To explain cattle prices during the first quarter of this year in terms of fundamental market forces, we need to look at both seasonal (e.g. key changes compared to the fourth quarter of 2016) and also year-over-year market supply and demand aspects. From January into late March of this year cattle prices generally increased, which is a rather normal seasonal occurrence. Still, cattle prices for the first quarter were the lowest for the first three months of any year since 2011. 

Two key seasonal factors came together to raise fed cattle prices during the first quarter of this year. 

1) Seasonally smaller beef production (data are reported by USDA’s National Agricultural Statistics Service). Comparing 2017’s first quarter commercial beef production with the fourth quarter of 2016 the drop was a rather normal 4.9%. That same comparison for a year ago ( first quarter of 2016 versus 2015’s fourth quarter) the decline was only 2.9%. As a baseline, the prior 10-year average was down 4.5%. 

2) Seasonally lower packer gross margins. From seeing record high monthly levels in much of 2016, the calculated margin, that is the live-to-cutout price spread (including the byproduct value), declined significantly quarter-over-quarter. That margin returned to historical levels in early 2017.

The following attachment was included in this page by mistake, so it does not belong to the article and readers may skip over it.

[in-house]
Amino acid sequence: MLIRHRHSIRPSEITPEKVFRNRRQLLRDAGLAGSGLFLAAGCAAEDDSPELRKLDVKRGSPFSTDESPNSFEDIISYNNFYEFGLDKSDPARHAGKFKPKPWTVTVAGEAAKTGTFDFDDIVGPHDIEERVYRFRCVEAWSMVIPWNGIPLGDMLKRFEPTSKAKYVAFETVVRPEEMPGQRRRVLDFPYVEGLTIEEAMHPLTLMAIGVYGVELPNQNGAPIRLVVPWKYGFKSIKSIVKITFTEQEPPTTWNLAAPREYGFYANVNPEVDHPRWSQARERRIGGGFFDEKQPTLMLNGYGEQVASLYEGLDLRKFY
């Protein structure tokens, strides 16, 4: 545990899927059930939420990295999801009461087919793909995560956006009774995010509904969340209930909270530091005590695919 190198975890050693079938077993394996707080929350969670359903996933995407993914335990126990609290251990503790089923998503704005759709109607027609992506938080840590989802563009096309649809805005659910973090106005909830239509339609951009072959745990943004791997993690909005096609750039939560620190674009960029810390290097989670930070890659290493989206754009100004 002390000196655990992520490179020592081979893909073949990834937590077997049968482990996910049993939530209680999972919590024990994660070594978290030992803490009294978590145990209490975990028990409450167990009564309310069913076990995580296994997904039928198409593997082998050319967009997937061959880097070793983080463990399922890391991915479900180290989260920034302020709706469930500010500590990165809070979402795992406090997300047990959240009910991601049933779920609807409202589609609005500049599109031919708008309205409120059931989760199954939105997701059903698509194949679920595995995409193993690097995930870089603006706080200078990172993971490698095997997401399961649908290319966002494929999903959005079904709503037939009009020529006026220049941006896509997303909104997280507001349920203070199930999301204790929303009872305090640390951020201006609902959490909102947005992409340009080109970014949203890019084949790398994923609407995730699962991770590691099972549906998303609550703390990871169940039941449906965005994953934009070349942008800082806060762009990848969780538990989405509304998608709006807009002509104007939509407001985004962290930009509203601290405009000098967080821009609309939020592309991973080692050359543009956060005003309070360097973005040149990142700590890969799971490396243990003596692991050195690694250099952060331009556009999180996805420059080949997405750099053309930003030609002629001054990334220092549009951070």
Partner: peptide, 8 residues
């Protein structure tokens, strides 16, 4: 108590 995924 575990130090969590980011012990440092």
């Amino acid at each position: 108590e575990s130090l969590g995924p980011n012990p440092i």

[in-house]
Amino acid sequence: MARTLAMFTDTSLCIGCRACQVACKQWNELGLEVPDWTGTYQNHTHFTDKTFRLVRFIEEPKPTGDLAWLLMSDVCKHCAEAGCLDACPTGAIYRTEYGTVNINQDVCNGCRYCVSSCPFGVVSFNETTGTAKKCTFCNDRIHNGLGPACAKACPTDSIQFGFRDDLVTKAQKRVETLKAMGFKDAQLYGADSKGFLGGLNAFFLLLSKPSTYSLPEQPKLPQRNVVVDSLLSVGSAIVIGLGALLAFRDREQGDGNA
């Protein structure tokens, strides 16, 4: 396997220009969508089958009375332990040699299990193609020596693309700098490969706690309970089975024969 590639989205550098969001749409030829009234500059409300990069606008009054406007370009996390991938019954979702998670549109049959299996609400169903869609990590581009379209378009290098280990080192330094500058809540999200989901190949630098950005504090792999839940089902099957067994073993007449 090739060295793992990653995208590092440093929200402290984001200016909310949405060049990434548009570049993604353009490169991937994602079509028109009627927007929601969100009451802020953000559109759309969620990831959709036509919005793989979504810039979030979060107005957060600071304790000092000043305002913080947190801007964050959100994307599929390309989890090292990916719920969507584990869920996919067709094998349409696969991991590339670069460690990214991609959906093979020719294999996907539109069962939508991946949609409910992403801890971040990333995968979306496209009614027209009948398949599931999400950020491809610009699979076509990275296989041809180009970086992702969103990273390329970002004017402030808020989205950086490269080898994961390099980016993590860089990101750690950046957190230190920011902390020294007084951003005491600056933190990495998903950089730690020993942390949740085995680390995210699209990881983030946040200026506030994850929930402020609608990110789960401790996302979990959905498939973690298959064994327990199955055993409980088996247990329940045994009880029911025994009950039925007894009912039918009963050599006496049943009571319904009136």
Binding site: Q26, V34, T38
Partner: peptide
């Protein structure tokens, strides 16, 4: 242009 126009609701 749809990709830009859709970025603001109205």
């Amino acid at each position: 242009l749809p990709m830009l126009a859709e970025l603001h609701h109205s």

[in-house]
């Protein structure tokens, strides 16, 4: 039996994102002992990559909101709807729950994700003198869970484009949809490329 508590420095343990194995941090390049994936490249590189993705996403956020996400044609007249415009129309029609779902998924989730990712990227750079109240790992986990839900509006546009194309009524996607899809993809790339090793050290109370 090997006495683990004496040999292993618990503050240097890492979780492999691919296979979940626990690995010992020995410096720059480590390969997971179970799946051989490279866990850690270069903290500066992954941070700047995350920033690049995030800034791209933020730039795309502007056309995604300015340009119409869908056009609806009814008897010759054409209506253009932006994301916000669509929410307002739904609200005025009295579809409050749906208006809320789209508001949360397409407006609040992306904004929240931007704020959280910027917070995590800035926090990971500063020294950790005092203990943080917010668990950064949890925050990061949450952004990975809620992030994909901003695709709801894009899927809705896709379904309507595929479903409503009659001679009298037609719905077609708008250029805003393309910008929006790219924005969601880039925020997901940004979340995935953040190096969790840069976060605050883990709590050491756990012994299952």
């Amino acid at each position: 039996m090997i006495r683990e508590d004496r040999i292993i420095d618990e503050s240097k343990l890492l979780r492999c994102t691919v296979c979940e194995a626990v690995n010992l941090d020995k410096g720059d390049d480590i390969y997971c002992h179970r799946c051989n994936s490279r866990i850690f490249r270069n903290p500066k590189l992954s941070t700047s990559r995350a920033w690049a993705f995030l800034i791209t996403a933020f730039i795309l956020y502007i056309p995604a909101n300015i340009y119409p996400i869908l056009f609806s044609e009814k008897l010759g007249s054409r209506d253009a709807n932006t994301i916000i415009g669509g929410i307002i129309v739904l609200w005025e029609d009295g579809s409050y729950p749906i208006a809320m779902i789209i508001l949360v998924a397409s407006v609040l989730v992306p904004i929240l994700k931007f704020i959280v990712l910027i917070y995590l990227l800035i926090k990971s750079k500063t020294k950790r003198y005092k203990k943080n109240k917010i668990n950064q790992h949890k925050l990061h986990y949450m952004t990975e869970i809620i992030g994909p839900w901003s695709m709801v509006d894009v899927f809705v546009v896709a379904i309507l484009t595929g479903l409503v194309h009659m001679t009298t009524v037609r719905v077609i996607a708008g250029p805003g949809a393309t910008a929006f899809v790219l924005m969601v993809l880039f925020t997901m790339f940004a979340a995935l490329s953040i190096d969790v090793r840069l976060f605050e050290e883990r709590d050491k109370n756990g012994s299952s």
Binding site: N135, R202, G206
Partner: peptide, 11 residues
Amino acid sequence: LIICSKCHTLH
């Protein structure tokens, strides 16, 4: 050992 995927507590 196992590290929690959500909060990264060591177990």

On a year-over-year basis, the change in U.S. net trade balance was a key market factor. That is, U.S. beef exports were higher year-over-year and imports dropped. The exact numbers were not available at the time this article was written. Actual data compiled and released by the USDA’s Foreign Agriculture Service were available through February. For the January-February timeframe, compared to a year earlier, beef export tonnage increased 20%, while imports fell by 17%. 

Projected U.S. commercial cattle slaughter for the first quarter was 7.7 million head, the largest for the quarter since 2012’s. That was a 7.3% increase compared to January-March of 2016. Compared to a year ago, average dressed weight was down 1.1%. So, U.S. beef production was 6.1% above a year earlier. Importantly, due to a year-over-year increase in beef export tonnage and a decline in imports, U.S. per capita beef disappearance (based on preliminary data) only increased about 1.2% for the first quarter. 

Fed steers, using the 5-market average price reported by USDA’s Market News Division of the Agricultural Marketing Service (USDA-AMS) averaged $122.97 per cwt. in this year’s first quarter. That was, down 8.8% from a year ago. However, compared to the depressed levels of the 2016’s fourth quarter, of 2016, fed cattle prices during January-March averaged were over $15.00 per cwt. higher (up 14.2%). 

Yearling and calf prices were supported by higher fed cattle prices and the associated rebound, finally, of cattle feeding returns back into the black. For the first quarter of 2017, the Livestock Marketing Information Center (LMIC) calculations put estimated cattle feeding returns at the highest average for any calendar year since the last quarter of 2003. 

– Daily Livestock Report